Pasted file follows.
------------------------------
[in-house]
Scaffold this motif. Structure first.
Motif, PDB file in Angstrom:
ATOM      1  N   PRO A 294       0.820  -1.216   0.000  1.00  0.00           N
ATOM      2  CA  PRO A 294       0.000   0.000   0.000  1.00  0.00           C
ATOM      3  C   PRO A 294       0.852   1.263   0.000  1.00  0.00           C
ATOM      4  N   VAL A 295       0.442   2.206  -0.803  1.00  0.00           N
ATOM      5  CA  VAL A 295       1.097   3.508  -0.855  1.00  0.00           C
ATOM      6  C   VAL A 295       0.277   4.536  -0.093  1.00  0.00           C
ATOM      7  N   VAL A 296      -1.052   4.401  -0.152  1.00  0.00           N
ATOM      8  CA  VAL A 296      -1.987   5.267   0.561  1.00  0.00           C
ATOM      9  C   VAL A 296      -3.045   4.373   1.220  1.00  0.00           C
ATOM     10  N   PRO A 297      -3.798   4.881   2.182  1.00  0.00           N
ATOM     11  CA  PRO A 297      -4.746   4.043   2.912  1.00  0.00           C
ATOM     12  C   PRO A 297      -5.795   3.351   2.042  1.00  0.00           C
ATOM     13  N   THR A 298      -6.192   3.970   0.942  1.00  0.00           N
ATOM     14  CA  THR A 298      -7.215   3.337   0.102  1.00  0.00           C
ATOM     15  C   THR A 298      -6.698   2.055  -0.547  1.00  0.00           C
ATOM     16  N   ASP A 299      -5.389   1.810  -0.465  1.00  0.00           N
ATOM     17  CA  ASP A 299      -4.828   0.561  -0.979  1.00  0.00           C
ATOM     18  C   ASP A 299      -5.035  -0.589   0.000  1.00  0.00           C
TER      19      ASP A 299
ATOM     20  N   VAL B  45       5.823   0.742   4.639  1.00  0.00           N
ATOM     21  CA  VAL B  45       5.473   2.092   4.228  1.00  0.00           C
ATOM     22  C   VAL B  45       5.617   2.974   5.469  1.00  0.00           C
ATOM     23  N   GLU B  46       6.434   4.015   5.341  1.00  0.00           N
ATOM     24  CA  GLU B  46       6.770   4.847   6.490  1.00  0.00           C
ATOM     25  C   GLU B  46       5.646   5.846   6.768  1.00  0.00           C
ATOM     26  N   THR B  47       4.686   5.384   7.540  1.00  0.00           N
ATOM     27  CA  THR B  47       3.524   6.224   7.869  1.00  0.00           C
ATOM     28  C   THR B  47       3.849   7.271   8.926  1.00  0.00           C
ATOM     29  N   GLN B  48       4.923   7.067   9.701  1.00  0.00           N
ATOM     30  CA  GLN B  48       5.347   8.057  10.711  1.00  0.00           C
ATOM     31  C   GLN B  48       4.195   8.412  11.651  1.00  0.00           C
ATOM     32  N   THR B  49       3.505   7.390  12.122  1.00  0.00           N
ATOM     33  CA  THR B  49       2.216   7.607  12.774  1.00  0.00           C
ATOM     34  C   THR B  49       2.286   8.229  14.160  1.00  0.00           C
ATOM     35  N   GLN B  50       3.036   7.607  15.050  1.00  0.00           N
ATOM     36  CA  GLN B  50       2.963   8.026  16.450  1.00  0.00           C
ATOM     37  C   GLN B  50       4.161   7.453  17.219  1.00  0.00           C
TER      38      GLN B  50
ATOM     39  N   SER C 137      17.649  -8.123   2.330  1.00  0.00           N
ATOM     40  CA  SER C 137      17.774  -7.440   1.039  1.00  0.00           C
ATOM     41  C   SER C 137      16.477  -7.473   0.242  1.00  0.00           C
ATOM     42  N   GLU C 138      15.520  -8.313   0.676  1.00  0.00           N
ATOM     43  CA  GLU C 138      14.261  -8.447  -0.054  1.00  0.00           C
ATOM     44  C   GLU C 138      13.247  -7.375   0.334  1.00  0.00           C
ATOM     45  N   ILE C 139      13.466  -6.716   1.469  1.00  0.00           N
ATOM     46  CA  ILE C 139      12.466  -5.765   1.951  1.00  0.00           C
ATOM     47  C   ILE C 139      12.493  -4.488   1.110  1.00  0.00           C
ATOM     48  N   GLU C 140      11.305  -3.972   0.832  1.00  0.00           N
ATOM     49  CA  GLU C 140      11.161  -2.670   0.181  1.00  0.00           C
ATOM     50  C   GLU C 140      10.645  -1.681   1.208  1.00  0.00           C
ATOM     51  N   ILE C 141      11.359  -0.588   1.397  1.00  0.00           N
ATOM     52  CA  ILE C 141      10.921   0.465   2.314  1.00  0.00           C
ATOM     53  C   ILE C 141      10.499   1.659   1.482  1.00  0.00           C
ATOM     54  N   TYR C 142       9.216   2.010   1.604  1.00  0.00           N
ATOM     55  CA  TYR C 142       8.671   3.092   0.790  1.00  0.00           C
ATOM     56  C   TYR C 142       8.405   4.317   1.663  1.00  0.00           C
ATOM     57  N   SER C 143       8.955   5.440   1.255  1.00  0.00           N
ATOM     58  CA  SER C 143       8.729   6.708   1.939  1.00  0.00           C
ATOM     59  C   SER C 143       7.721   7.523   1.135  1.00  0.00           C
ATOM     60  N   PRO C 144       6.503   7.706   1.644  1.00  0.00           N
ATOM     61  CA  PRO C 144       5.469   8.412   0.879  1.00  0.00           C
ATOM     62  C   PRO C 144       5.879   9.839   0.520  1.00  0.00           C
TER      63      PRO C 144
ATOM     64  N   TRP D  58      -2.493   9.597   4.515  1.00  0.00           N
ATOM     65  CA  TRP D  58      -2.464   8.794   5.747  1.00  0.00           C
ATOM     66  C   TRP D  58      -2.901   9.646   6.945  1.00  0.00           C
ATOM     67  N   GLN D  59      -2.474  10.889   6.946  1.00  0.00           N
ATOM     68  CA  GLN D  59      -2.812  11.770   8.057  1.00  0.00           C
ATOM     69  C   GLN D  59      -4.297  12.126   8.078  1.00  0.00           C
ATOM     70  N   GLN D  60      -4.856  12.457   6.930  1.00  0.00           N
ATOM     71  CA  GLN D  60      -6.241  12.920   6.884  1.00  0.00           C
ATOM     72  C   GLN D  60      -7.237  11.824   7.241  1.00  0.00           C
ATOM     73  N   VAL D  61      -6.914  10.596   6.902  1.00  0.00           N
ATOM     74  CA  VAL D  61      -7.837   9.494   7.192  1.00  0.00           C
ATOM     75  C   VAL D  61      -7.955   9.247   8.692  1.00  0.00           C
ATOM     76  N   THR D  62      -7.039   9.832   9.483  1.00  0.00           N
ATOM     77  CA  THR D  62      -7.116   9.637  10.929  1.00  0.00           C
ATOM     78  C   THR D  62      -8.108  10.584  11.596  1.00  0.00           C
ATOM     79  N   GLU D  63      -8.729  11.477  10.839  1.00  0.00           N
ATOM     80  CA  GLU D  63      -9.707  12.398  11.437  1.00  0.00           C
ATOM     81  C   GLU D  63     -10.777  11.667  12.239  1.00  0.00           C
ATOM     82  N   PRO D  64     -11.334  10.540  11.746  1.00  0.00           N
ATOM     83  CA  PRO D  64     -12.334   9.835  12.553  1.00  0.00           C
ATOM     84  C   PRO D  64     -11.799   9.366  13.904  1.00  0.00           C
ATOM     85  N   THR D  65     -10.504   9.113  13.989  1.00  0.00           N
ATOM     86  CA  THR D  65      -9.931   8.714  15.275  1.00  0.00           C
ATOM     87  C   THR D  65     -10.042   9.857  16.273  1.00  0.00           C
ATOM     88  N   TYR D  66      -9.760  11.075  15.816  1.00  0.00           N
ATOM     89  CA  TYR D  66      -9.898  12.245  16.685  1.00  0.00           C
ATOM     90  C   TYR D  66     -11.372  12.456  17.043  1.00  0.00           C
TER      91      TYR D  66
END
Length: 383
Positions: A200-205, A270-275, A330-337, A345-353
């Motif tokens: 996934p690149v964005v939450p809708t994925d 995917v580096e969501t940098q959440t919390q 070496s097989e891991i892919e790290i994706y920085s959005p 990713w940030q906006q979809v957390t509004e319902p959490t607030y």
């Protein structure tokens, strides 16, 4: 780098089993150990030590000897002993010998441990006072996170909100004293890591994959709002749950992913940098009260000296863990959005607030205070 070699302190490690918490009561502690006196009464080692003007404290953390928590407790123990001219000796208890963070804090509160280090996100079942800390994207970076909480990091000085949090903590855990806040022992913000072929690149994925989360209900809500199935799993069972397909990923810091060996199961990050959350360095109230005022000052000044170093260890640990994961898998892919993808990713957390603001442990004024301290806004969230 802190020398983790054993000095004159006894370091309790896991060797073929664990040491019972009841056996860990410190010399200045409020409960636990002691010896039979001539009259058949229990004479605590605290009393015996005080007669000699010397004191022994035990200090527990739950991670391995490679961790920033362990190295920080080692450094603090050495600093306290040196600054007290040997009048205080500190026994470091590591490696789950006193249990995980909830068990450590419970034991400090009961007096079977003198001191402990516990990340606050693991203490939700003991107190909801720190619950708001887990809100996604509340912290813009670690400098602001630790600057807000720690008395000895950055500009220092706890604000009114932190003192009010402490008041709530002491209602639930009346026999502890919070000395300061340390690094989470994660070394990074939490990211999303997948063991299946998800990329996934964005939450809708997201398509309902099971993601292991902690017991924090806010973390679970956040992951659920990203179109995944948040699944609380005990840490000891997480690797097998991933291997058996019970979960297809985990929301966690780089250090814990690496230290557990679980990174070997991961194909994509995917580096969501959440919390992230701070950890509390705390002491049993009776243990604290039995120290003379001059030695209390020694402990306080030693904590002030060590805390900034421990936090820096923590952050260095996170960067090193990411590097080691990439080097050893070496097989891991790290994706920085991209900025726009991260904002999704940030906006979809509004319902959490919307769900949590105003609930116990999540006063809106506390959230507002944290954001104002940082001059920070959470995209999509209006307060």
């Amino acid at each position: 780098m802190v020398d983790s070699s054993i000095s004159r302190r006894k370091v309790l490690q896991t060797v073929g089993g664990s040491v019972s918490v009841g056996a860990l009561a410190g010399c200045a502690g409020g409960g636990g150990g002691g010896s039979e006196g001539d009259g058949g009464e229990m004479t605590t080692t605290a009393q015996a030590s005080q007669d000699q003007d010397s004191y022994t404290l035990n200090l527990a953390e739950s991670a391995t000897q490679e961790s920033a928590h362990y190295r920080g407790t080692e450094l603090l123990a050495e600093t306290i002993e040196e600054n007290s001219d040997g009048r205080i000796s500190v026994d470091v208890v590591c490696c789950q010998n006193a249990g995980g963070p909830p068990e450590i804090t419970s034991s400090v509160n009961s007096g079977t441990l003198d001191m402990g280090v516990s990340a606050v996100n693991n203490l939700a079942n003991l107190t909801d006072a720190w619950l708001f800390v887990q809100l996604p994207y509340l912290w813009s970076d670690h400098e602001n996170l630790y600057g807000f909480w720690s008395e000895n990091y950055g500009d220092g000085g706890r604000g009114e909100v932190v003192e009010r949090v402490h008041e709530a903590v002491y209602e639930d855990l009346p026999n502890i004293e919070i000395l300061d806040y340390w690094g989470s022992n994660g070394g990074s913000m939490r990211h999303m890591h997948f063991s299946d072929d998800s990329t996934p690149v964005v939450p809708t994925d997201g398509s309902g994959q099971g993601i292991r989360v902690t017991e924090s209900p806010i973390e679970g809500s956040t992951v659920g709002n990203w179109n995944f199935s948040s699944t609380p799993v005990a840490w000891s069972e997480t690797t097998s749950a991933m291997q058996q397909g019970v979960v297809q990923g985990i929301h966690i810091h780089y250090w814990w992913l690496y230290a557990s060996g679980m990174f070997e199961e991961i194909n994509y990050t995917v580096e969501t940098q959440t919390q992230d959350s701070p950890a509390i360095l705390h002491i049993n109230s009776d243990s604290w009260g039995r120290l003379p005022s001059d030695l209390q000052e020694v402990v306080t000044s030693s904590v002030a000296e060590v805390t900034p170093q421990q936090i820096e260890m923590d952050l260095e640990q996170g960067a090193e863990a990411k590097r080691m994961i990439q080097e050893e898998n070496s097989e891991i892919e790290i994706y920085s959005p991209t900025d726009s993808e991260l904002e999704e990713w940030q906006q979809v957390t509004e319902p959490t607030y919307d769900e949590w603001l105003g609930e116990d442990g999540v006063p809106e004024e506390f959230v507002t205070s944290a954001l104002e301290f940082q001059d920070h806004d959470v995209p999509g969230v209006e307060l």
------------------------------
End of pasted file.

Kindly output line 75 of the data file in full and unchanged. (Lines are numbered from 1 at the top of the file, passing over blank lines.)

ATOM     72  C   GLN D  60      -7.237  11.824   7.241  1.00  0.00           C